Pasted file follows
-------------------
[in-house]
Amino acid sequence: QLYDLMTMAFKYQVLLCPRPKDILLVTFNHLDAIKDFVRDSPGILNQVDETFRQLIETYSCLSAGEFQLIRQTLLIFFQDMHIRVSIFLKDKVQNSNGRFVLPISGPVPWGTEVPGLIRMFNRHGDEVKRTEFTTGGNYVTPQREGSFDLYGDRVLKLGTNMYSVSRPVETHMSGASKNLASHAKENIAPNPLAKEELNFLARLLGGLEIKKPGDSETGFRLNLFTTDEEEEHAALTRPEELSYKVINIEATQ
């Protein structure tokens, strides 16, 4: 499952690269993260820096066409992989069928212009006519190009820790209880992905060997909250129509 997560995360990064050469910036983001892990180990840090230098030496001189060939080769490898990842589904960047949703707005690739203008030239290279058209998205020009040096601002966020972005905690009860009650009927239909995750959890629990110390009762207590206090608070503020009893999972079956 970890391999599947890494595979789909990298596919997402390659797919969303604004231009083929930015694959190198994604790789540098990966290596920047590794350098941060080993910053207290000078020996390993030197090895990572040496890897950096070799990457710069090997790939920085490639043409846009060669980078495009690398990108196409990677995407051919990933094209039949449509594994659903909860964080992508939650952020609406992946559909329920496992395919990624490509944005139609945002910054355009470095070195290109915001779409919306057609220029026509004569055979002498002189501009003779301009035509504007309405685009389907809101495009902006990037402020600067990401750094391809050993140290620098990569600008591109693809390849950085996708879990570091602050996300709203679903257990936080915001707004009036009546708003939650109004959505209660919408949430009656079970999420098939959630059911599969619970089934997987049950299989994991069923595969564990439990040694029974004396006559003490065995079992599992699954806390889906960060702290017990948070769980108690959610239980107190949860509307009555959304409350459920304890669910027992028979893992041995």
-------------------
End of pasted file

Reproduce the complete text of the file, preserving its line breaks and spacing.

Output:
[in-house]
Amino acid sequence: QLYDLMTMAFKYQVLLCPRPKDILLVTFNHLDAIKDFVRDSPGILNQVDETFRQLIETYSCLSAGEFQLIRQTLLIFFQDMHIRVSIFLKDKVQNSNGRFVLPISGPVPWGTEVPGLIRMFNRHGDEVKRTEFTTGGNYVTPQREGSFDLYGDRVLKLGTNMYSVSRPVETHMSGASKNLASHAKENIAPNPLAKEELNFLARLLGGLEIKKPGDSETGFRLNLFTTDEEEEHAALTRPEELSYKVINIEATQ
């Protein structure tokens, strides 16, 4: 499952690269993260820096066409992989069928212009006519190009820790209880992905060997909250129509 997560995360990064050469910036983001892990180990840090230098030496001189060939080769490898990842589904960047949703707005690739203008030239290279058209998205020009040096601002966020972005905690009860009650009927239909995750959890629990110390009762207590206090608070503020009893999972079956 970890391999599947890494595979789909990298596919997402390659797919969303604004231009083929930015694959190198994604790789540098990966290596920047590794350098941060080993910053207290000078020996390993030197090895990572040496890897950096070799990457710069090997790939920085490639043409846009060669980078495009690398990108196409990677995407051919990933094209039949449509594994659903909860964080992508939650952020609406992946559909329920496992395919990624490509944005139609945002910054355009470095070195290109915001779409919306057609220029026509004569055979002498002189501009003779301009035509504007309405685009389907809101495009902006990037402020600067990401750094391809050993140290620098990569600008591109693809390849950085996708879990570091602050996300709203679903257990936080915001707004009036009546708003939650109004959505209660919408949430009656079970999420098939959630059911599969619970089934997987049950299989994991069923595969564990439990040694029974004396006559003490065995079992599992699954806390889906960060702290017990948070769980108690959610239980107190949860509307009555959304409350459920304890669910027992028979893992041995």